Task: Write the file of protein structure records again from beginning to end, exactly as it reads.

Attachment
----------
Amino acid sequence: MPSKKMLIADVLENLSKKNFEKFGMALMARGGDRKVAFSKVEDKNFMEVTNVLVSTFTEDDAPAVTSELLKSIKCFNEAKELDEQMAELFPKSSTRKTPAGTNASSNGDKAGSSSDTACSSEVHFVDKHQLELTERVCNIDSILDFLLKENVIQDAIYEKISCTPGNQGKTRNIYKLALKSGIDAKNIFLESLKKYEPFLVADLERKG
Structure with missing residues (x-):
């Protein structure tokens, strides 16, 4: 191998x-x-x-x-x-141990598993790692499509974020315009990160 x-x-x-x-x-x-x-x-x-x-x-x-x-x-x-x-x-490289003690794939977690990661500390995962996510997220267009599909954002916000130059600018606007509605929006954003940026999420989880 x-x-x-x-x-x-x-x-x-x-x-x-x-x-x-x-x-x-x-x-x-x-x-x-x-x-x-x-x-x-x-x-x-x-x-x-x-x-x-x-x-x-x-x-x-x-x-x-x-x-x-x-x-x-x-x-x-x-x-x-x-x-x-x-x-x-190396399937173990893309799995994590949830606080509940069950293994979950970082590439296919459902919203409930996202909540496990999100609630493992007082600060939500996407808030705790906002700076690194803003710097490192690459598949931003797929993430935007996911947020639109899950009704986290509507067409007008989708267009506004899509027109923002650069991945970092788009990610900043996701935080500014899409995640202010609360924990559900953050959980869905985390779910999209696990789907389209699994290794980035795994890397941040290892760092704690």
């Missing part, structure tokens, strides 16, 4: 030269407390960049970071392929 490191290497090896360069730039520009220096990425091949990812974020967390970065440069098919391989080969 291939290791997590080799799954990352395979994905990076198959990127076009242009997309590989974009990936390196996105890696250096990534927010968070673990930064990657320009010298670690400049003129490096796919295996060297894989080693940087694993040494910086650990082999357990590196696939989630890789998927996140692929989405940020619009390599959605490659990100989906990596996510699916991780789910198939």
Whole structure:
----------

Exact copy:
Amino acid sequence: MPSKKMLIADVLENLSKKNFEKFGMALMARGGDRKVAFSKVEDKNFMEVTNVLVSTFTEDDAPAVTSELLKSIKCFNEAKELDEQMAELFPKSSTRKTPAGTNASSNGDKAGSSSDTACSSEVHFVDKHQLELTERVCNIDSILDFLLKENVIQDAIYEKISCTPGNQGKTRNIYKLALKSGIDAKNIFLESLKKYEPFLVADLERKG
Structure with missing residues (x-):
């Protein structure tokens, strides 16, 4: 191998x-x-x-x-x-141990598993790692499509974020315009990160 x-x-x-x-x-x-x-x-x-x-x-x-x-x-x-x-x-490289003690794939977690990661500390995962996510997220267009599909954002916000130059600018606007509605929006954003940026999420989880 x-x-x-x-x-x-x-x-x-x-x-x-x-x-x-x-x-x-x-x-x-x-x-x-x-x-x-x-x-x-x-x-x-x-x-x-x-x-x-x-x-x-x-x-x-x-x-x-x-x-x-x-x-x-x-x-x-x-x-x-x-x-x-x-x-x-190396399937173990893309799995994590949830606080509940069950293994979950970082590439296919459902919203409930996202909540496990999100609630493992007082600060939500996407808030705790906002700076690194803003710097490192690459598949931003797929993430935007996911947020639109899950009704986290509507067409007008989708267009506004899509027109923002650069991945970092788009990610900043996701935080500014899409995640202010609360924990559900953050959980869905985390779910999209696990789907389209699994290794980035795994890397941040290892760092704690």
């Missing part, structure tokens, strides 16, 4: 030269407390960049970071392929 490191290497090896360069730039520009220096990425091949990812974020967390970065440069098919391989080969 291939290791997590080799799954990352395979994905990076198959990127076009242009997309590989974009990936390196996105890696250096990534927010968070673990930064990657320009010298670690400049003129490096796919295996060297894989080693940087694993040494910086650990082999357990590196696939989630890789998927996140692929989405940020619009390599959605490659990100989906990596996510699916991780789910198939």
Whole structure: